What US Soldiers Built In Djibouti
Amid the stony, unforgiving terrain of Djibouti, U.S. service members have been working with villagers of the Tadjourah region to build a “beacon for the community to rally around.”
Using cement, barbed wire, bags, and dirt, Soldiers from one of the Army’s civil affairs teams (CAT) assigned to the Horn of Africa taught villagers how to construct a building that can withstand harsh desert winds.
Residents of the Karabti San village expect that the building — called an “eco-dome” because of its shape and the materials used — will have a lasting impact on the community. There’s now the prospect government officials bringing them electricity, and they intend to use the structure as a school or clinic.
CAT team chief Capt. Justin Lev said villagers initially saw the eco-dome as an American project in their village, but now look at it as their own. That’s heartening for the U.S. mission of nation building in the Horn of Africa.
Funded by donations from civilian organizations, the $3000 eco-dome isn’t just a mud hut. Soldiers and villagers built the structure to have a primary and secondary unit as well as a loft.
“Teaching you something is better than giving you money,” said Kasim Ali, Karabti San village chief. “This [the eco-dome] is good and will last long. It is something good for the village.” Villagers will be able to build more themselves since the Army is leaving them with their tools, and the materials needed can be easily found in the remote area.
—You Have To See What These US Soldiers Built In The Middle Of The African Desert
Djibouti (Arabic: جيبوتي Jībūtī, French: Djibouti, Somali: Jabuuti, Afar: Gabuuti), officially the Republic of Djibouti (Arabic: جمهورية جيبوتي Jumhūriyyat Jībūtī, French: République de Djibouti, Afar: Gabuutih Ummuuno, Somali: Jamhuuriyadda Jabuuti), is a country in the Horn of Africa. It is bordered by Eritrea in the north, Ethiopia in the west and south, and Somalia in the southeast. The remainder of the border is formed by the Red Sea and the Gulf of Aden at the east.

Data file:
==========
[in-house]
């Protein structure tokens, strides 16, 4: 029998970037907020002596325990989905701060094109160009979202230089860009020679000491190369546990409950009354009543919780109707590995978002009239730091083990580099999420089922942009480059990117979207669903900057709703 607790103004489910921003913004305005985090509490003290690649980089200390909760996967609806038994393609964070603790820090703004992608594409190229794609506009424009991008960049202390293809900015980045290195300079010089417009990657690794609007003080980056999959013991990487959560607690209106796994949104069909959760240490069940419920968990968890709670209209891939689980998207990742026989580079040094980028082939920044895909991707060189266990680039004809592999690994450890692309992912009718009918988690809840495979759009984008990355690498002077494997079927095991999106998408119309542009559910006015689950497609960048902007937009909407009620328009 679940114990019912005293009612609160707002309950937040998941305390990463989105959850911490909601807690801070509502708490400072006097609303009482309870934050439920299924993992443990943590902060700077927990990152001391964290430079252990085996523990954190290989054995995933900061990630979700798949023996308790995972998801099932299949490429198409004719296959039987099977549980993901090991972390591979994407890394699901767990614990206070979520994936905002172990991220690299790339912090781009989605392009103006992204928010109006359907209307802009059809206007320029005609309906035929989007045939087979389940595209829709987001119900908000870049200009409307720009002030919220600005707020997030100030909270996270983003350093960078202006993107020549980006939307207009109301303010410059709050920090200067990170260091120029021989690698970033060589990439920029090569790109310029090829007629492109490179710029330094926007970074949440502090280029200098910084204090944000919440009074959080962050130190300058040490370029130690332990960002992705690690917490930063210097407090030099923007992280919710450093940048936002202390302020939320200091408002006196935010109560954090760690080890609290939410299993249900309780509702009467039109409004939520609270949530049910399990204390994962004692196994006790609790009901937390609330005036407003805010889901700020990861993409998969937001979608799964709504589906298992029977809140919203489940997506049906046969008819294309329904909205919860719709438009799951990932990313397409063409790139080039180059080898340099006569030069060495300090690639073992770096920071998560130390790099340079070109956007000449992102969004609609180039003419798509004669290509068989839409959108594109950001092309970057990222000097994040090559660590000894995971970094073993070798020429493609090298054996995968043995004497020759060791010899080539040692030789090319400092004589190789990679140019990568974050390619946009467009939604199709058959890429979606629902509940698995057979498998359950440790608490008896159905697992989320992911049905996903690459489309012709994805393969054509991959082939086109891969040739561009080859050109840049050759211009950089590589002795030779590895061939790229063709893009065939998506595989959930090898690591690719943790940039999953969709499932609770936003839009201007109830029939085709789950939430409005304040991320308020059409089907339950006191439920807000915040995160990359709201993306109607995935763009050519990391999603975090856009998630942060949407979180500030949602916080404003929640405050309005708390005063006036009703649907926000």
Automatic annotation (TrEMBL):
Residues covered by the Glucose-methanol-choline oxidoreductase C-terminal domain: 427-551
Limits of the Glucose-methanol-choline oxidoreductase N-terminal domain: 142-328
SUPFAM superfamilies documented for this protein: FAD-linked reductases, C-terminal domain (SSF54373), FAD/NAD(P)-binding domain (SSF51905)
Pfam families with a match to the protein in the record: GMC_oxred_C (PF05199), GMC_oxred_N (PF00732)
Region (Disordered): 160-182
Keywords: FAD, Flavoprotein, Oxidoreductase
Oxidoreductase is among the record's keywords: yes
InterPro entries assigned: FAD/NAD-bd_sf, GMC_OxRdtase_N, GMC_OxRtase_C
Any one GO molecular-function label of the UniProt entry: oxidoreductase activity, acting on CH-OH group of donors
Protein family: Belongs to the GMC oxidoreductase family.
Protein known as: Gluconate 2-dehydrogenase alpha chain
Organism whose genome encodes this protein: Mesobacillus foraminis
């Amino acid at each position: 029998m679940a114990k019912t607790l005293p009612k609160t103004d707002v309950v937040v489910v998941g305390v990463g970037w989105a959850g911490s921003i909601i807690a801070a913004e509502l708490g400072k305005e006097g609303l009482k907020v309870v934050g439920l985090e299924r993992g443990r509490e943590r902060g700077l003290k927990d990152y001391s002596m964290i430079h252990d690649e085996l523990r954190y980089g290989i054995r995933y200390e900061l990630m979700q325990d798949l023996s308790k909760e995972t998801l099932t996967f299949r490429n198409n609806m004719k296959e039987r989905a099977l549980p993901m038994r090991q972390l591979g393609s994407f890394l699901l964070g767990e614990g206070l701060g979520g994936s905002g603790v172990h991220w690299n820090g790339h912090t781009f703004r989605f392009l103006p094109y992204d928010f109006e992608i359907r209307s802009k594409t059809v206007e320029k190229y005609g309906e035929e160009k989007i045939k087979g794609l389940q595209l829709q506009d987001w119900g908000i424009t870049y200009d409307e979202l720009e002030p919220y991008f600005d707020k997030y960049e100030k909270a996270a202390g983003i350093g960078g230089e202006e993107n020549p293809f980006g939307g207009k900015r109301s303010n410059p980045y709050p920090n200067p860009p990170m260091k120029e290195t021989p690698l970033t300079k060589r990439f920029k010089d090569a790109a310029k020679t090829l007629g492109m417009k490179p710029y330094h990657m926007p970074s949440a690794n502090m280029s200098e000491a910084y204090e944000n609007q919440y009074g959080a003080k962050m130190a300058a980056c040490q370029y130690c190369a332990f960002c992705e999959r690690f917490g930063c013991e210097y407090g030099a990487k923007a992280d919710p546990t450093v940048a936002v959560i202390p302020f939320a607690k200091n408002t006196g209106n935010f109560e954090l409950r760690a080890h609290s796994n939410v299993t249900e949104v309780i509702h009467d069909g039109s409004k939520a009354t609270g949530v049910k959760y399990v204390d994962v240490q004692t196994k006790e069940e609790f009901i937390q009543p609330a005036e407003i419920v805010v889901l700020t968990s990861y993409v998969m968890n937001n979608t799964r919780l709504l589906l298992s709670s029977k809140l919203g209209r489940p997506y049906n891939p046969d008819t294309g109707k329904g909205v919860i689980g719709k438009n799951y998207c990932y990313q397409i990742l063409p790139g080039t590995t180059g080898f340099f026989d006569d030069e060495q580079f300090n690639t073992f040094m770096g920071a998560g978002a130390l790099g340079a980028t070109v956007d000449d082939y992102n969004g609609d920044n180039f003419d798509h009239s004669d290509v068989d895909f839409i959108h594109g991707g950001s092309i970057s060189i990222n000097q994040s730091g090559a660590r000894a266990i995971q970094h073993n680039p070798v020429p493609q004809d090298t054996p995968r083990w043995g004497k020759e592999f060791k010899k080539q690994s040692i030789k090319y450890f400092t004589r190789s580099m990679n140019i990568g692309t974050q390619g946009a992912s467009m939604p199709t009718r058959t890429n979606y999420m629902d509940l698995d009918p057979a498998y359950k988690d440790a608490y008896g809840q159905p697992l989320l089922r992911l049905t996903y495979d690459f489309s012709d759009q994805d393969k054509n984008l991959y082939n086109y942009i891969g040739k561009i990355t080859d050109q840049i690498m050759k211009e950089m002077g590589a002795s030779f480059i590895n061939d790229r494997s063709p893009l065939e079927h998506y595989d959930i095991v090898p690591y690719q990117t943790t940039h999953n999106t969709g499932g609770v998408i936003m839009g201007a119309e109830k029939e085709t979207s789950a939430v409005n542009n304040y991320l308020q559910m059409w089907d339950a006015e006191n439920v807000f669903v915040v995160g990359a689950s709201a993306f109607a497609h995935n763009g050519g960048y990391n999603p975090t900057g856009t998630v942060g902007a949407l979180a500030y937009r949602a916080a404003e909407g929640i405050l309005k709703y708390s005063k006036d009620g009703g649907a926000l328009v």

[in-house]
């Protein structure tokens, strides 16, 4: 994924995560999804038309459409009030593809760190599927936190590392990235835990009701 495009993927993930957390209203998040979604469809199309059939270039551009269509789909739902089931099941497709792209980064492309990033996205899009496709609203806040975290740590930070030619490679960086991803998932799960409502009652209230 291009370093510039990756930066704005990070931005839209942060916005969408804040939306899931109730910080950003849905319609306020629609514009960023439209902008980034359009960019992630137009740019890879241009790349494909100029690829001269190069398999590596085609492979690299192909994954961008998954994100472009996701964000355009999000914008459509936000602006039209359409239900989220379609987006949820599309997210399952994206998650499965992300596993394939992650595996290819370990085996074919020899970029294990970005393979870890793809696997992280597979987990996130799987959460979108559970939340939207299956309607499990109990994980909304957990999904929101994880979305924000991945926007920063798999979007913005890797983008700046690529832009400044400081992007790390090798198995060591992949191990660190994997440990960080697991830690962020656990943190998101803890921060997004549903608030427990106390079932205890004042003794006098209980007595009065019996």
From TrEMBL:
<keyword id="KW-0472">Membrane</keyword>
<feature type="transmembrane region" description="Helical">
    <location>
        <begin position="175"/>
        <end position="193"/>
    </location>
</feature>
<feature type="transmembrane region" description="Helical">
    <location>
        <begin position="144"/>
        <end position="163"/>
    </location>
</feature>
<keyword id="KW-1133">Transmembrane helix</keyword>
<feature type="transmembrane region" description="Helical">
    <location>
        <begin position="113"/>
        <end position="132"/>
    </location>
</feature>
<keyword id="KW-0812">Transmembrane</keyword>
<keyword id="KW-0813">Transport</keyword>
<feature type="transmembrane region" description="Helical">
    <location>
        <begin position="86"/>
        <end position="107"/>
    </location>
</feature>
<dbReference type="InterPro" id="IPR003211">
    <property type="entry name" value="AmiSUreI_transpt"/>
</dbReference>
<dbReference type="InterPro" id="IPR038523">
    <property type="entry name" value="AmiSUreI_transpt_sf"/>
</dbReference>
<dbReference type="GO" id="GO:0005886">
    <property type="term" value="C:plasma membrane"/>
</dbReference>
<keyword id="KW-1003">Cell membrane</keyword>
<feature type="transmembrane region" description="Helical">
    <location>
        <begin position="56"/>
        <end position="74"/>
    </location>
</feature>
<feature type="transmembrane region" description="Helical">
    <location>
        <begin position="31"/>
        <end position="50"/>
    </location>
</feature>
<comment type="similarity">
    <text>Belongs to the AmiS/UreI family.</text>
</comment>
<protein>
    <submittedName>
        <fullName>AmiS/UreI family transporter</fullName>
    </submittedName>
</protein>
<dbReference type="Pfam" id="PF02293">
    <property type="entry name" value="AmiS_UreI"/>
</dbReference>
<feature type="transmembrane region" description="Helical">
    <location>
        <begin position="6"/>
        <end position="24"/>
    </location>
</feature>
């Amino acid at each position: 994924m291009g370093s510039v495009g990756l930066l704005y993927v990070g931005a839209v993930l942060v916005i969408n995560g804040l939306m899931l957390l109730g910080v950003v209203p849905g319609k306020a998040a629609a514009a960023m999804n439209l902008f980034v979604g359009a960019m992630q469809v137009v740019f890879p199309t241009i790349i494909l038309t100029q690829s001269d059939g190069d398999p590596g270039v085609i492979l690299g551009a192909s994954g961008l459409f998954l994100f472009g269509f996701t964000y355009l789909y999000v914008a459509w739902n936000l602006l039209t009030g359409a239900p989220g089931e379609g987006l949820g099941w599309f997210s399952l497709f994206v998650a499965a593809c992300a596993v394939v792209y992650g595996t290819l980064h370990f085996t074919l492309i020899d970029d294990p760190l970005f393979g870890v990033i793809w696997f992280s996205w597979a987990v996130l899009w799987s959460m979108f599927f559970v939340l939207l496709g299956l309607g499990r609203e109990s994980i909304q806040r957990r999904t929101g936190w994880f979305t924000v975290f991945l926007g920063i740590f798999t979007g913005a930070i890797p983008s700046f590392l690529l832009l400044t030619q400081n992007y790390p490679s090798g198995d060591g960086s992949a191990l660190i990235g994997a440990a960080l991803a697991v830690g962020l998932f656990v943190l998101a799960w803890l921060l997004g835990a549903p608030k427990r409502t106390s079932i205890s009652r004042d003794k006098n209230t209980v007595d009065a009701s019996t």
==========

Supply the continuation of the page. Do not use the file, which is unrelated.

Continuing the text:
Djibouti, which had a population of 818,159 at the 2009 census, is one of the least populous countries in Africa.
Islam is the largest religion in the country, practiced by 94% of the population.
The land was known as Obock and French Somaliland (Côte française des Somalis) in the 19th century; in 1967, it changed its name to Afars and Issas after new treaties with France. The territory was declared an independent nation in 1977 and changed its name to the “Republic of Djibouti” after its principal city.
While Djibouti is an independent sovereign state, it maintains deep French relations, and through various military and economic agreements with France, it receives continued security and economic assistance.
In 2001, the Djiboutian government leased the former French military base Camp Lemonnier to the United States Central Command for operations related to Combined Joint Task Force Horn of Africa (CJTF-HOA). In 2009, Central Command transitioned responsibilities in Africa to AFRICOM.
France’s 13th Demi-Brigade of the Foreign Legion is based in Djibouti, but not in Djibouti City.
In February 2011 protesters in Djibouti joined the Arab world protests, demanding that President Guelleh step down.
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- East Africa: U.S. Army Africa Commander Engages Leaders in Djibouti, Ethiopia (stratrisks.com)
- New eco-dome signals changes for local village (dvidshub.net)